[OUTLOOK]Doubts on Kim sons are justifiedIn a back alley behind the Kangbuk Samsung Hospital in downtown Seoul, there is a Korean restaurant visited frequently by members of the Donggyo-dong faction, the loyal followers of President Kim Dae-jung. President Kim often ate at this restaurant when he was head of the opposition.
Inside, rooms occupy both sides of the restaurant. In one of the rooms on the right there is an eight-panel folding screen. The screen is covered with writings related to President Kim.
President Kim's inaugural speech in 1998 is written on the first panel of the screen, and there is the transcription of a letter the president wrote while he was held behind bars during the military dictatorship. One of Mrs. Kim's letters to her imprisoned husband is also written there. Writings by Mr. Kim's two sons are on the last panels. Kim Hong-il, the eldest son of President Kim, wrote a letter that reads: "Dear father, who is in jail, I believe the words in the Bible that say the ordeal you are encountering is a platform, and God plans to use you in the future for greater purposes."
A month ago I had dinner with Kim Hong-il in the room where the screen stands. I brought up the subject of what he had written. "It seems like everything has turned out the way you believed," I said. Kim Hong-il replied, "I should attend church with more devotion."
The conversation went on, and we easily moved on to the next issue, which was current events. The subject about the allegations concerning Kim Hong-il also came up. Kim Hong-il suddenly became agitated about accusations linking him with corruption. He said he was mortified over the allegations against him. Mr. Kim is constantly mentioned in bribery scandals as having received bribes from businessmen. Kim Hong-il spoke words that were hardly recognizable － due to speech problems for which he is to have medical treatment during his current U.S. visit － but the message was clear:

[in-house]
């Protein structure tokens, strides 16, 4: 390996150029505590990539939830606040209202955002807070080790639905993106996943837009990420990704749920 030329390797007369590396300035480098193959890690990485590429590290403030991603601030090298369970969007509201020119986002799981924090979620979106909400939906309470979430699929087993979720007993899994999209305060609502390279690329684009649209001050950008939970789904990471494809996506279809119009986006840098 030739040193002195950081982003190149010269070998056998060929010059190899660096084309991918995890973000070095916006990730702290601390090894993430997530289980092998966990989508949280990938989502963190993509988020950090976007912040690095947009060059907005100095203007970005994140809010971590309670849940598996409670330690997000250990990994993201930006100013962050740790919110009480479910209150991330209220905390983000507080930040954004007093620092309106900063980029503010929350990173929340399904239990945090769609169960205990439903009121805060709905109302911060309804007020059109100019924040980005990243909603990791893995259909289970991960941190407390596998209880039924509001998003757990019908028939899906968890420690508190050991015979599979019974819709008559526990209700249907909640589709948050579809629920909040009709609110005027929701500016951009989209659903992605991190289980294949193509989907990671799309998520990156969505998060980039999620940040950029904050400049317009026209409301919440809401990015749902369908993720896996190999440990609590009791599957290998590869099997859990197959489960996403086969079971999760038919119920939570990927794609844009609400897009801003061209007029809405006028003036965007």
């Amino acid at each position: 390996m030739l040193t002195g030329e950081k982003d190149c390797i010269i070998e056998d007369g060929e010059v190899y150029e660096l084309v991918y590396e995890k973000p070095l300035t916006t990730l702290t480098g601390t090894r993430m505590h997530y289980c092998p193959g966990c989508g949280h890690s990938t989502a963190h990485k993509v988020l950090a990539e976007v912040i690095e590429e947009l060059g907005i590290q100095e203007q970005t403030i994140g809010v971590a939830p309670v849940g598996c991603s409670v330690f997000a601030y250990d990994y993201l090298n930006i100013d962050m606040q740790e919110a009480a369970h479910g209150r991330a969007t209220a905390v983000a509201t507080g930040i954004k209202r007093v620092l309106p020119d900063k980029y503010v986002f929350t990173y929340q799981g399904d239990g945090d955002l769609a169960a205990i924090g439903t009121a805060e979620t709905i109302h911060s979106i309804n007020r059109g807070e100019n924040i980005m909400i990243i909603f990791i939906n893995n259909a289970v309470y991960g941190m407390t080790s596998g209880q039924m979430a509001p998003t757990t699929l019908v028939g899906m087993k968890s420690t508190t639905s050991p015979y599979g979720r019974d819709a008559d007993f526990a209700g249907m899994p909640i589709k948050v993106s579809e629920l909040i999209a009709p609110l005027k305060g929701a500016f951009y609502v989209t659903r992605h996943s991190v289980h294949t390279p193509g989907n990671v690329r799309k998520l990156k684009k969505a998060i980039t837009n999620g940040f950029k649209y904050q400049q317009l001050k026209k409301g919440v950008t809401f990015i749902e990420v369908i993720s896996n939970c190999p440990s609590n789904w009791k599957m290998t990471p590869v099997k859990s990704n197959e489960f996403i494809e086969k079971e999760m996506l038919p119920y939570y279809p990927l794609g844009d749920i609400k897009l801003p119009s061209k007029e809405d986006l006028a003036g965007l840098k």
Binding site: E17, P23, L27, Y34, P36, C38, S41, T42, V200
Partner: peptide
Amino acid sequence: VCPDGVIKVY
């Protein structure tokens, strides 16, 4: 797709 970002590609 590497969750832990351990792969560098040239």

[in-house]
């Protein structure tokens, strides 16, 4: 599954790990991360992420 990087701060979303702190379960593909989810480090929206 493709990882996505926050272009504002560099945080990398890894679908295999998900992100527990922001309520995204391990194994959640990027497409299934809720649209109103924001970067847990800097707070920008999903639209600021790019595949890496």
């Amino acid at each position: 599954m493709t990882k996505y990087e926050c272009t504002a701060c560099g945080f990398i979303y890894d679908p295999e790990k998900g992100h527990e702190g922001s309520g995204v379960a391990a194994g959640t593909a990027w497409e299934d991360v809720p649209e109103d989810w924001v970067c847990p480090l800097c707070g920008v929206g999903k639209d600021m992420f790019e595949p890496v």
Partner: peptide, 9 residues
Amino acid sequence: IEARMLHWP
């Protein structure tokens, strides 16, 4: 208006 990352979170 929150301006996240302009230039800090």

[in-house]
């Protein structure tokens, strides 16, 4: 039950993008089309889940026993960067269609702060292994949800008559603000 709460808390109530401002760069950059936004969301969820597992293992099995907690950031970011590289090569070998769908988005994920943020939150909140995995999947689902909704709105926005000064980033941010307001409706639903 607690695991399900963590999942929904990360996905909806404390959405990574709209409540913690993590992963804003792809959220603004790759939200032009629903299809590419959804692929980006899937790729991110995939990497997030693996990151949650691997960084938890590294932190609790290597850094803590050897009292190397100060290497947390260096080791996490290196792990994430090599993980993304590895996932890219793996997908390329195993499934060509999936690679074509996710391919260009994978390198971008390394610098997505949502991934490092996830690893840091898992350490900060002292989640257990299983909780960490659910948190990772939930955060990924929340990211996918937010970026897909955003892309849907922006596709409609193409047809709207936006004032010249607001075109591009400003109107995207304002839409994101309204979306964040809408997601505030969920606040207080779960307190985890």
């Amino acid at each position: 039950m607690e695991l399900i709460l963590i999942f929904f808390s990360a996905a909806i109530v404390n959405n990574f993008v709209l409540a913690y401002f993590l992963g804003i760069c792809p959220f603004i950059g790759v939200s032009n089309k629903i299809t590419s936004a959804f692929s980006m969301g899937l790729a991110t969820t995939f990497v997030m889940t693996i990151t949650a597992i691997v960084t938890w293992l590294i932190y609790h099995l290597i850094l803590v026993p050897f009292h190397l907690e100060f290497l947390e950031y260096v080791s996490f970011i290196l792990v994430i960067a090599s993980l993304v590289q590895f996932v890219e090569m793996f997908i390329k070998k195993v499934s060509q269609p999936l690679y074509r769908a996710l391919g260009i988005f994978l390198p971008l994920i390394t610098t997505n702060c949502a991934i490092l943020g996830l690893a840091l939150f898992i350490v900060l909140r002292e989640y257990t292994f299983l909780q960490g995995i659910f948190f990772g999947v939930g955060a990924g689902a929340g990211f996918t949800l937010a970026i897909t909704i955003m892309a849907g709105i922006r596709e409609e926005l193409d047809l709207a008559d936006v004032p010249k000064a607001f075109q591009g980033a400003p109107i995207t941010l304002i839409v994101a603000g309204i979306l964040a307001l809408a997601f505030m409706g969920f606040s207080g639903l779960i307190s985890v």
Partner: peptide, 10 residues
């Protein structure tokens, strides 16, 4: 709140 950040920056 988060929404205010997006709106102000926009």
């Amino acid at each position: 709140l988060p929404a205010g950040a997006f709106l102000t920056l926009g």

"If I were involved with such allegations related to corruption, my father would not let me live in peace."
Kim Hong-il added that a few days ago his father invited him to the Blue House and asked him if he had accepted bribes from a certain person. Kim Hong-il said his father even mentioned a specific amount of money that the son allegedly had received.
"Please order an investigation into me. If I am found to have accepted a penny as bribes, I will never appear before you."
Ultimately a confidential but thorough investigation of Kim Hong-il took place, and as he said, Mr. Kim came out clean. Mr. Kim said that he lived under constant internal surveillance and investigations before the rumors spread.
The next day I met Park Ji-won, a former senior secretary to the president, and asked him if what Kim Hong-il said was true. Mr. Park confirmed what Kim Hong-il told me during dinner. Mr. Park said he himself had investigated the rumors surrounding Mr. Kim. The same process was carried out on Kim Hong-up, the second son of the president.
"Nothing was to be found," said Mr. Park. Mr. Park said he handed the results of the investigation on both sons to the president. And the president had reconfirmed their innocence in calls to his sons.
Park Joon-young, former minister of the Government Information Agency, said he also conducted an internal verification on Kim Hong-il and handed the report to the president. And again the president got confirmation from his son over the phone.
Indeed, verification and objectivity are two different matters. Alas, the former minister of government information, who was once the presidential spokesman, allegedly was involved in a financial scandal.
Recently President Kim said, "Contrary to the rumors that have been spreading around my sons, they have never accepted any bribes." However, the response to whether they have accepted bribes or not is not convincing and there should be a more thorough investigation. The problem lies with the people Kim Hong-il and his brother have kept company with. The people they have met are people who have caused social problems, being at the center of financial scandals that involve government officials, politicians and even journalists. Naturally, the public has doubts on their asserted innocence of accepting bribes.
In a passage from the Bible, God says that even though villains approach us and lull us into wrongdoing, God forbids us from walking with them and commands us to turn our backs against such people.
Sin is more than a person breaking the law. For a person who believes in the word of God, according to the Bible, it is also a sin to breach the spirit of those words.
The writer is a staff writer on political affairs of the Joongang Ilbo.
by Lee Youn-hong